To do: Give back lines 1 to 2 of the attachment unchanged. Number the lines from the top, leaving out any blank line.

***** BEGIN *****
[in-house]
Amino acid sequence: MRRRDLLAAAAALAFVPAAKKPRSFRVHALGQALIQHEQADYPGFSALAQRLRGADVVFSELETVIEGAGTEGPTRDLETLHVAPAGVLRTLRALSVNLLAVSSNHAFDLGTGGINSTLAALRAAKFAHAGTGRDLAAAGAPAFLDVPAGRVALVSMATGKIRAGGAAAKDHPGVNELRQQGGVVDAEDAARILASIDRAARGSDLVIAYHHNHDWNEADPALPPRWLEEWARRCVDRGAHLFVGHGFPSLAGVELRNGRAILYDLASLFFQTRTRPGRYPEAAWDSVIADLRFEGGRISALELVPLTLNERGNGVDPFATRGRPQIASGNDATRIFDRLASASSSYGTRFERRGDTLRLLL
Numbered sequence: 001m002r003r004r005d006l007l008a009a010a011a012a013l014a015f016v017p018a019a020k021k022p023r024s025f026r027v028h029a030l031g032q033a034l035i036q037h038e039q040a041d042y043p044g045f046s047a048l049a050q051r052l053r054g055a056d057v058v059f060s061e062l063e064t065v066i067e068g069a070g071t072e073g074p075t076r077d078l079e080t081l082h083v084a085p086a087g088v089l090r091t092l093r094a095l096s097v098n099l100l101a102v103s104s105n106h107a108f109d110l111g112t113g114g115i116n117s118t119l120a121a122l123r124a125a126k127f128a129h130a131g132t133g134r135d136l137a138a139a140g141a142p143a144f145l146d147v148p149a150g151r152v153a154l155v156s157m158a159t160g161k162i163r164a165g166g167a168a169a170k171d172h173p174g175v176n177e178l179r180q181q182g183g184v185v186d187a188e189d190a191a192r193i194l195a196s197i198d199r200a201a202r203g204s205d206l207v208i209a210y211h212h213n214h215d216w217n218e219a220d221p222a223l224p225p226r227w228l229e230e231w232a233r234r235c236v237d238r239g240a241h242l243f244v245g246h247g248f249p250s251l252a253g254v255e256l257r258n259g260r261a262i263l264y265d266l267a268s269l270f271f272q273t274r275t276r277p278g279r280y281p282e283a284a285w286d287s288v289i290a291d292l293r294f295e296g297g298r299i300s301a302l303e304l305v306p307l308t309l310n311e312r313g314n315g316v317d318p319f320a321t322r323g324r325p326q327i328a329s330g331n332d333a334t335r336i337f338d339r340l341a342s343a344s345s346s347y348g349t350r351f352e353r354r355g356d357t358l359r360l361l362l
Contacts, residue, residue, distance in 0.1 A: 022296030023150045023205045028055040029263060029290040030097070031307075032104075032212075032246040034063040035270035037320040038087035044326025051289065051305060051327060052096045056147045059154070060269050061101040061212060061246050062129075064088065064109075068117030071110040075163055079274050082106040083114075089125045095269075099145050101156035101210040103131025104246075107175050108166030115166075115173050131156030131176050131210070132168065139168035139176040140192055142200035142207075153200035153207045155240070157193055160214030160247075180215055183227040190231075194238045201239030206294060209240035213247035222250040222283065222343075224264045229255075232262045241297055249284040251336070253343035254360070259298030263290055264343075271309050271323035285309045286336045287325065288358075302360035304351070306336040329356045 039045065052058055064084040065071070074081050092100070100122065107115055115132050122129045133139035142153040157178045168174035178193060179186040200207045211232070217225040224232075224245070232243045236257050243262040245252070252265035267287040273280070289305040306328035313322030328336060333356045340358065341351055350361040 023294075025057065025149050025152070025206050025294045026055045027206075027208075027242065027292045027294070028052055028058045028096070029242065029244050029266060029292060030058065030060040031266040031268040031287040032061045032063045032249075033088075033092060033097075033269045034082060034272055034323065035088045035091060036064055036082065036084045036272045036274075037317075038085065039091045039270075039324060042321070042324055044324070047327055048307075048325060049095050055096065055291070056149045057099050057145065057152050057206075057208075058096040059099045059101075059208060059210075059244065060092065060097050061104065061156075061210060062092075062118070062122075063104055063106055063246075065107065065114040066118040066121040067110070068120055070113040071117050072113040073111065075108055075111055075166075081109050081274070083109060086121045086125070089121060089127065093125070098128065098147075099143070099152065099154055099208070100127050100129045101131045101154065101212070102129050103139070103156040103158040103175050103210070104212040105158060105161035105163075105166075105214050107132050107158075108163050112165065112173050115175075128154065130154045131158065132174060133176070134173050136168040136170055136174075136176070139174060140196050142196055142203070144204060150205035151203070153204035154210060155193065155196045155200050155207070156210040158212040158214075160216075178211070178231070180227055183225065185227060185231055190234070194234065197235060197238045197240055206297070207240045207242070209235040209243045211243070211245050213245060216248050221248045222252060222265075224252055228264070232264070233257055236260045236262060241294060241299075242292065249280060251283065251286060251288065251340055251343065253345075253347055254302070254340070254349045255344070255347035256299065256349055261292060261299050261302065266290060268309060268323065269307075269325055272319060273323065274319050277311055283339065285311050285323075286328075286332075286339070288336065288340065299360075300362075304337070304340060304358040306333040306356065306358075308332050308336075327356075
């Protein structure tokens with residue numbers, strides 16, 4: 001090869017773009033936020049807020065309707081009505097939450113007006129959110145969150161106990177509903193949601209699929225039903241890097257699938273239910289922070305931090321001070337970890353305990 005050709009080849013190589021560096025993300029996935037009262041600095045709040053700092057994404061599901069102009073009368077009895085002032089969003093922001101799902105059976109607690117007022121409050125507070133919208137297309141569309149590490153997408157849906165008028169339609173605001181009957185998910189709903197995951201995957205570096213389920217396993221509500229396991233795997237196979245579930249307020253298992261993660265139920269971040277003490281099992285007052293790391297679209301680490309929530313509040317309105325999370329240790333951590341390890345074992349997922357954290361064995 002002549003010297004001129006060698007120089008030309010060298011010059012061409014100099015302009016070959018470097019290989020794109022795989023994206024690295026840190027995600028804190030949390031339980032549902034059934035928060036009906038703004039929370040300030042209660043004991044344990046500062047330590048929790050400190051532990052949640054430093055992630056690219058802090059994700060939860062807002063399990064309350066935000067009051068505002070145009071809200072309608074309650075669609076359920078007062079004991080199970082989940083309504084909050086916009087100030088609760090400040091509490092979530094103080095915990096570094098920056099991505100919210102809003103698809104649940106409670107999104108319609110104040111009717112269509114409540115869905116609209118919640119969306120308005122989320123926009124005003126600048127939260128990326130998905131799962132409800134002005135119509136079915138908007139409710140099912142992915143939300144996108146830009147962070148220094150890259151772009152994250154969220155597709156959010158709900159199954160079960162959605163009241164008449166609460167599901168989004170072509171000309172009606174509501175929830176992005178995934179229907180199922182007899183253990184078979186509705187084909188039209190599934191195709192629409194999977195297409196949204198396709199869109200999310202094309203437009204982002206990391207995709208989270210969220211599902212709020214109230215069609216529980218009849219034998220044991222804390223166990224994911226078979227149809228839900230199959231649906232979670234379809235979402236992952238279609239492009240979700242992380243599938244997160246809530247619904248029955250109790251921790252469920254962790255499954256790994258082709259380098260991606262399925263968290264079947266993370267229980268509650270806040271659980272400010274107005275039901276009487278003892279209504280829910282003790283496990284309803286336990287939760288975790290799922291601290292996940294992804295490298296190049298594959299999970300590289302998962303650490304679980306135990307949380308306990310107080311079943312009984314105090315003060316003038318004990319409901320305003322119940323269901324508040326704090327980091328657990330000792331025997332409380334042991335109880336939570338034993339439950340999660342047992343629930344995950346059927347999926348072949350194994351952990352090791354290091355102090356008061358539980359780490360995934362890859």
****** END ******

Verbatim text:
[in-house]
Amino acid sequence: MRRRDLLAAAAALAFVPAAKKPRSFRVHALGQALIQHEQADYPGFSALAQRLRGADVVFSELETVIEGAGTEGPTRDLETLHVAPAGVLRTLRALSVNLLAVSSNHAFDLGTGGINSTLAALRAAKFAHAGTGRDLAAAGAPAFLDVPAGRVALVSMATGKIRAGGAAAKDHPGVNELRQQGGVVDAEDAARILASIDRAARGSDLVIAYHHNHDWNEADPALPPRWLEEWARRCVDRGAHLFVGHGFPSLAGVELRNGRAILYDLASLFFQTRTRPGRYPEAAWDSVIADLRFEGGRISALELVPLTLNERGNGVDPFATRGRPQIASGNDATRIFDRLASASSSYGTRFERRGDTLRLLL